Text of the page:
I’ll admit something now.
Which won’t come as a surprise to anyone who knows me, even slightly.
I like gadgets – rephrase – I love gadgets.
I remember when I was burgled in Shaw, Oldham in 1989 and though devastated to lose my precious hifi separates, Sony TV and Panasonic VCR, the insurance payout made me tingle with anticipation and I ended up in Kendal’s on Deansgate, Manchester, with a full bank account, like a Golden Ticket winner on a Willy Wonka tour.
I bought a complete surround sound system with centre, side and rear speakers, along with a smart amplifier and CD player, both of which are still going strong today in Norfolk.
A party was convened to watch videos and show off the sound system and 24 inch TV and all was good.
Burglary was traumatic in that I felt my home had been violated, and I always had the nagging feeling that it would happen again despite me turning the terraced house into a mini Fort Knox. It did. When I was in too.
But that’s another story.
What got me thinking recently though about gadgets and tech is the emergence of voice control.
I’ve had iPhones since the iPhone 4 on and off and were I to review Siri in one word, I’d say Siri is “shit”.
Yet, I’ve been drawn into Alexa, Amazon’s offering, buying two Echos, one as part of an energy shifting deal and another to use upstairs.
I’ve just been drawn into buying a Google Home Mini too as the Coral Pink mesh matches my office wallpaper and because the geek in me wants to compare Amazon and Google.
£34 was a steal too for a voice-controlled device.
You didn’t though tune into Man Stress to read about my feckless spending (or maybe you did).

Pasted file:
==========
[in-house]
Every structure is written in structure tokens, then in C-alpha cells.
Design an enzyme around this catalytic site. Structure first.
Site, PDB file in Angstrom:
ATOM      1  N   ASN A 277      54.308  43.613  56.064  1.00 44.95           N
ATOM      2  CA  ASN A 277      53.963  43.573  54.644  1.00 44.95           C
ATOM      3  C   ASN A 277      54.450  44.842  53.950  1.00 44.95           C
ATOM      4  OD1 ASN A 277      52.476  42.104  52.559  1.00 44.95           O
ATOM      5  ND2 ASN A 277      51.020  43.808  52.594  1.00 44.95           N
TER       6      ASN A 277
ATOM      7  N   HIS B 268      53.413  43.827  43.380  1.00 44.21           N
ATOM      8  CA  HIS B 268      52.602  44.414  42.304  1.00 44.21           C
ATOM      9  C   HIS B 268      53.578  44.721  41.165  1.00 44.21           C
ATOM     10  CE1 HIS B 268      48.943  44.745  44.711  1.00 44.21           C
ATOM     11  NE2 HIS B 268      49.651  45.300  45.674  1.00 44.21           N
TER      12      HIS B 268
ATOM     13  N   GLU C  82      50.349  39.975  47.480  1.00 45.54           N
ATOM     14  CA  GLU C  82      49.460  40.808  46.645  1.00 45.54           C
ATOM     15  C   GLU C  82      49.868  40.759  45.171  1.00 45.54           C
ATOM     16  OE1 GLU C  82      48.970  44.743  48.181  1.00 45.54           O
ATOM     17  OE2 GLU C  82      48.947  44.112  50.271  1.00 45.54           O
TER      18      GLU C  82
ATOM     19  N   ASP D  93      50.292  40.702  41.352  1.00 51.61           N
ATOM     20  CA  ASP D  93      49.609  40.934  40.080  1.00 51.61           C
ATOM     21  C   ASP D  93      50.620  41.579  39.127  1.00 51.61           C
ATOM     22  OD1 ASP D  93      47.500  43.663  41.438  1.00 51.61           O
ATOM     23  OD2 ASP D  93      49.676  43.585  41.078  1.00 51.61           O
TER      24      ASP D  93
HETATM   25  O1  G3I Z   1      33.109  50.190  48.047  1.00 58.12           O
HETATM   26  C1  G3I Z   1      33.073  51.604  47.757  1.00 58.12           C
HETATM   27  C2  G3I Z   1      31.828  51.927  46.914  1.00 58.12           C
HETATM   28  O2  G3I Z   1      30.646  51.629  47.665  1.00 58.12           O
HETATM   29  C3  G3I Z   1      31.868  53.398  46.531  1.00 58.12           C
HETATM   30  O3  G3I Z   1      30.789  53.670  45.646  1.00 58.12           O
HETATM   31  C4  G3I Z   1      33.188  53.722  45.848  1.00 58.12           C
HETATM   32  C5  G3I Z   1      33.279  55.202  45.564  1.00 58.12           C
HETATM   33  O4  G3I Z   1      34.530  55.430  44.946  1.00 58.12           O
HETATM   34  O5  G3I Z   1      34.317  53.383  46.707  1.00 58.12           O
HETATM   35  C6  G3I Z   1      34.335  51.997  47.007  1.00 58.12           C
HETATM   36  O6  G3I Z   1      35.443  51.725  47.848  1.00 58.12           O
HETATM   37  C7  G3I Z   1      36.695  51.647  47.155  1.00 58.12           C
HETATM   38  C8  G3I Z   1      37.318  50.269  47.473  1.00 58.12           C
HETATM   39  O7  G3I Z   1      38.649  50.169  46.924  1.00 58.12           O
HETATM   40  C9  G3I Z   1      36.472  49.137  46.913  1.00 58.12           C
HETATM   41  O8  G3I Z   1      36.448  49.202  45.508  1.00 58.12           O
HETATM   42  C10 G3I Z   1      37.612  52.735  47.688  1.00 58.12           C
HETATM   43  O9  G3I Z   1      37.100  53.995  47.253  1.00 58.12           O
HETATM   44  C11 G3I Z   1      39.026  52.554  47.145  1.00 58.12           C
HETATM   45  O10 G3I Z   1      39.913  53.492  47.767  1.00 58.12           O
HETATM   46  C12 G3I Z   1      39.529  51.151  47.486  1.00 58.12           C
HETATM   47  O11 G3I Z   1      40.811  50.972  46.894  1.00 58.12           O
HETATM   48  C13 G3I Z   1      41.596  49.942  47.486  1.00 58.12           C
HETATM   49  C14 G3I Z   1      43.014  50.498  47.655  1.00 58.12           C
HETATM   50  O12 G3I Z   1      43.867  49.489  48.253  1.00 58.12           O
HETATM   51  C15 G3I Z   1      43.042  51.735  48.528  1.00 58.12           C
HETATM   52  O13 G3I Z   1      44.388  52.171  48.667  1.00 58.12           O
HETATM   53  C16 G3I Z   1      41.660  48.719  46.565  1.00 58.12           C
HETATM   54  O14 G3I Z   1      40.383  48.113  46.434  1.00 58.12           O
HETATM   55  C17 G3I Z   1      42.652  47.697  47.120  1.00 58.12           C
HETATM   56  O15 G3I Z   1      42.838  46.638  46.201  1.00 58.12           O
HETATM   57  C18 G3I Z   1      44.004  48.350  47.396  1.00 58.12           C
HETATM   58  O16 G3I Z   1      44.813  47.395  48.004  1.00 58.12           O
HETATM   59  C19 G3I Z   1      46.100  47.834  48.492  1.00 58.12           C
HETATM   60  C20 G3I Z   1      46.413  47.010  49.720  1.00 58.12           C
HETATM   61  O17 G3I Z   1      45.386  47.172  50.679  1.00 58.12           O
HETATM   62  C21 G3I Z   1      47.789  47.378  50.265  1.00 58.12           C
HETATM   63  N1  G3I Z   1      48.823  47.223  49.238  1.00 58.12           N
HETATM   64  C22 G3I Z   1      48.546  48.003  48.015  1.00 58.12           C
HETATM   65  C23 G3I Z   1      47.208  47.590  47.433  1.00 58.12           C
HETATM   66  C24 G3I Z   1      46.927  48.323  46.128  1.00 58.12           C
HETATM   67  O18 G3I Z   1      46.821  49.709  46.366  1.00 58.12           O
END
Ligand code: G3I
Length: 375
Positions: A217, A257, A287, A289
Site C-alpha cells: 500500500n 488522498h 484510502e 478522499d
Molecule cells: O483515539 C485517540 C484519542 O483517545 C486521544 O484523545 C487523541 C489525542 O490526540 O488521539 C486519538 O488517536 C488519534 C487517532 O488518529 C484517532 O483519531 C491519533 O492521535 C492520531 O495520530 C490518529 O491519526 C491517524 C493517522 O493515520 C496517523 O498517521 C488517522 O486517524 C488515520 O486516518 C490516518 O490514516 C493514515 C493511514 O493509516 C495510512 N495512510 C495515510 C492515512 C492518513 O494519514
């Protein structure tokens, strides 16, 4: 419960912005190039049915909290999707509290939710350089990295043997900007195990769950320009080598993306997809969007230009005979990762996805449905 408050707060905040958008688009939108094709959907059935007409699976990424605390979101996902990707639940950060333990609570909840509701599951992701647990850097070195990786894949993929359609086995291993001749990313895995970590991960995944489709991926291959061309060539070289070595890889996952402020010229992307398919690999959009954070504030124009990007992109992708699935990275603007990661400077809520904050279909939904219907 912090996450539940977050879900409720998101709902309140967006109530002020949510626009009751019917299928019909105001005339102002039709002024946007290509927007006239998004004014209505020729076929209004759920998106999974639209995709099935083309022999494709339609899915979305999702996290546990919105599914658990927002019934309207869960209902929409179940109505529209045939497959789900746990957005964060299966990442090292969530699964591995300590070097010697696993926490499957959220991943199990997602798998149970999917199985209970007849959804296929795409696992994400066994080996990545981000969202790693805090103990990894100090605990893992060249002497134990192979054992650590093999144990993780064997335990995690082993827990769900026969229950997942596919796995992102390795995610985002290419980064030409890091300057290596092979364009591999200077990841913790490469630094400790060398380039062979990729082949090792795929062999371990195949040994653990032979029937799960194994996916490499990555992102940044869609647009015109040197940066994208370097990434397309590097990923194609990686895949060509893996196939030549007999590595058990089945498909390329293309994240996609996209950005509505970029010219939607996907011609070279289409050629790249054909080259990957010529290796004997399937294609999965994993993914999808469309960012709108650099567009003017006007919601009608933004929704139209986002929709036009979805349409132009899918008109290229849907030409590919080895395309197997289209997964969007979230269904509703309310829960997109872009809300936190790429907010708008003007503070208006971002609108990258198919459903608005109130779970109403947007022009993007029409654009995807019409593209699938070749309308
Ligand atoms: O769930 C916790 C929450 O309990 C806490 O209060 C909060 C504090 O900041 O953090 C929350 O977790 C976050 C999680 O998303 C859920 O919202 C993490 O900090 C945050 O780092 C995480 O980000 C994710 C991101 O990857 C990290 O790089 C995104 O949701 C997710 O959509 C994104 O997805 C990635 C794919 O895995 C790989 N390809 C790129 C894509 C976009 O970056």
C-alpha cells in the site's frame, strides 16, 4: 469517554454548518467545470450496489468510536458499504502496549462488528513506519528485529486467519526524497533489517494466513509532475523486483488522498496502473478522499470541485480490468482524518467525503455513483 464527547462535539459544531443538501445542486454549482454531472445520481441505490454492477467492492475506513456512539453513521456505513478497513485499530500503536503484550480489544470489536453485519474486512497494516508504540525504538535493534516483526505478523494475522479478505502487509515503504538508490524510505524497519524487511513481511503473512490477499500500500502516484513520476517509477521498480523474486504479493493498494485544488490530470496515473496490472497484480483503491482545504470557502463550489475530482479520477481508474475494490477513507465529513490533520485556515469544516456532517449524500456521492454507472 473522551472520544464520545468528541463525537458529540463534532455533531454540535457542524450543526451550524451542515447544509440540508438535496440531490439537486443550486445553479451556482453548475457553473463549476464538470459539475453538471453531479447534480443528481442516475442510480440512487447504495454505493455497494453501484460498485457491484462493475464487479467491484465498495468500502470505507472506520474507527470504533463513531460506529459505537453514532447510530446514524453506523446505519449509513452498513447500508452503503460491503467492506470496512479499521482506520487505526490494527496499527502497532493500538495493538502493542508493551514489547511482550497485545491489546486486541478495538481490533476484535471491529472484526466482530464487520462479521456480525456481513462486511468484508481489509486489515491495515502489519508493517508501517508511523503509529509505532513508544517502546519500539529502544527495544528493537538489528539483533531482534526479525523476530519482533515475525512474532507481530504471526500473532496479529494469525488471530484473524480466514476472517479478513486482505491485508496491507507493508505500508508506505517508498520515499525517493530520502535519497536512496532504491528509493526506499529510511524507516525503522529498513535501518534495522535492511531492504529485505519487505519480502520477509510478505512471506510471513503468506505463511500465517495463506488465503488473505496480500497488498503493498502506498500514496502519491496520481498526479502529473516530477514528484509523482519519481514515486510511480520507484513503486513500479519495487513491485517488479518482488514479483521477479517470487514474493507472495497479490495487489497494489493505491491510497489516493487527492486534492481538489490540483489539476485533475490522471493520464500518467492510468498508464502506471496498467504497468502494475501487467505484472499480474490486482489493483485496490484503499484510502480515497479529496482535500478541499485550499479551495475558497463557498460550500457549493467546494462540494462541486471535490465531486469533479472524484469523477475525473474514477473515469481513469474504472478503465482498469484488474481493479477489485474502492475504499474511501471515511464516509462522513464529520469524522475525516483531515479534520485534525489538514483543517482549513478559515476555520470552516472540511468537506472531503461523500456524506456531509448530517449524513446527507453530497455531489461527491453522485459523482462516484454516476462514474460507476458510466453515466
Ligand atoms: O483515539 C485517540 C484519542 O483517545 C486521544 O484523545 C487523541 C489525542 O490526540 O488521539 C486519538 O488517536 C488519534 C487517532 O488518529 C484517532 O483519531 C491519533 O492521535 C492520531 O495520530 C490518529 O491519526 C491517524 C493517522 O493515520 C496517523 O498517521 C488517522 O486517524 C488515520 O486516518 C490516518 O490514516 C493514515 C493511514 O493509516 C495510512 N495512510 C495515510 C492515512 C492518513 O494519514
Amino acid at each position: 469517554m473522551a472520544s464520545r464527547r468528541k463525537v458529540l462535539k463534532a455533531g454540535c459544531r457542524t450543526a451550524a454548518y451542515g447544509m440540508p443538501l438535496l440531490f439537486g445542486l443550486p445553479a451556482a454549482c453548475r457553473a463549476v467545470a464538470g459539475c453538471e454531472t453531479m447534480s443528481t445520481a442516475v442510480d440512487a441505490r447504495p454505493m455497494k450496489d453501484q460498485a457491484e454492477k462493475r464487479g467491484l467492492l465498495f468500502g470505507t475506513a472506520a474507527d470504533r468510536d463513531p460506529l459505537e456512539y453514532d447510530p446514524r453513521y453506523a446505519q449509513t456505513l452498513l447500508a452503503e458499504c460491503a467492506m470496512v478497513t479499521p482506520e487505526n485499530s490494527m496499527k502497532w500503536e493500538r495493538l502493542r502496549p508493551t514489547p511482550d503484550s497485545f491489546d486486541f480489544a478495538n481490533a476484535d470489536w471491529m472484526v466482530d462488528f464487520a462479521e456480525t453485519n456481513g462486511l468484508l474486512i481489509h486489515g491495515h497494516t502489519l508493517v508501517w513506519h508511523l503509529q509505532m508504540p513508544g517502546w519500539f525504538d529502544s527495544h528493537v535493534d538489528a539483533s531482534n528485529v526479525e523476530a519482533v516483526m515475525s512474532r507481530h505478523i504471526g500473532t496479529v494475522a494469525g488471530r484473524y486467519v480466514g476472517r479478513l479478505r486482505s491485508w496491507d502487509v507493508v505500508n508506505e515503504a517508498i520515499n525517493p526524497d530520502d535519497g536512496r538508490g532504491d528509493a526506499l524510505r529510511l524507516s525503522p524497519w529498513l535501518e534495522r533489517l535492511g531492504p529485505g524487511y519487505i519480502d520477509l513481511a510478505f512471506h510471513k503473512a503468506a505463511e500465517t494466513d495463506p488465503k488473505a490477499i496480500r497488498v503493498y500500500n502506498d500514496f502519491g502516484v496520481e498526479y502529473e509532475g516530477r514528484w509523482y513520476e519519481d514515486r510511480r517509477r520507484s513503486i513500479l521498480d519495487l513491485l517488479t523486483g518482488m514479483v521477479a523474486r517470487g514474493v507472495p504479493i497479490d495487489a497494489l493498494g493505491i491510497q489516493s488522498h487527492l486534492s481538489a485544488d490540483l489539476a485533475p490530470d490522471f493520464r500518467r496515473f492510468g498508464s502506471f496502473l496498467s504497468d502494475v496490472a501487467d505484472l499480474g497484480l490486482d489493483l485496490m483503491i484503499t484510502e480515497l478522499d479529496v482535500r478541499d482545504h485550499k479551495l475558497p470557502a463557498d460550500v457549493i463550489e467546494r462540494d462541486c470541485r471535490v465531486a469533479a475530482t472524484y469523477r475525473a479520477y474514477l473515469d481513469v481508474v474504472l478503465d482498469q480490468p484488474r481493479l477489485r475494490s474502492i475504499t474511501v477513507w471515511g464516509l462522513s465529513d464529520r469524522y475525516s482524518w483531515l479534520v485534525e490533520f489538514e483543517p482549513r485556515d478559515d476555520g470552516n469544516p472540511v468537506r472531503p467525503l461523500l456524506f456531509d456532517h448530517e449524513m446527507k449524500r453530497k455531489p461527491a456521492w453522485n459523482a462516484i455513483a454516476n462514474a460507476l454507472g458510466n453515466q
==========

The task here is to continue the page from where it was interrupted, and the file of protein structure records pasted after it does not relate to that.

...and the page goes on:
You tuned in to read about anxiety, depression, stress and read stories of men suffering?
But this is my point.
If Alexa or Siri or Google can choose music, make purchases, tell you the time, jokes, why can’t each be programmed (in the future) to tackle mental health issues.
“Alexa, my depression is bad, please help.”
“I suggest going for a walk as the weather is sunny and it will do you good.”
“OK Google why am I anxious about my job?”
“It’s because you’re doing a job you dislike and working with knobheads, seek alternative employment or become self-employed.”
“Siri, why do I feel so shit after drinking?”
“Perhaps you need to stop drinking totally as alcohol is a well-known depressant and toxin.”
These questions may not be answerable yet – but when I was ploughing a lone retail furrow in Manchester 30 years ago, did I envisage a home with three voice-controlled speakers?
But I think self-help advice will arrive on Echos, HomePods, Sonos and Google Homes – and sooner than you’d imagine.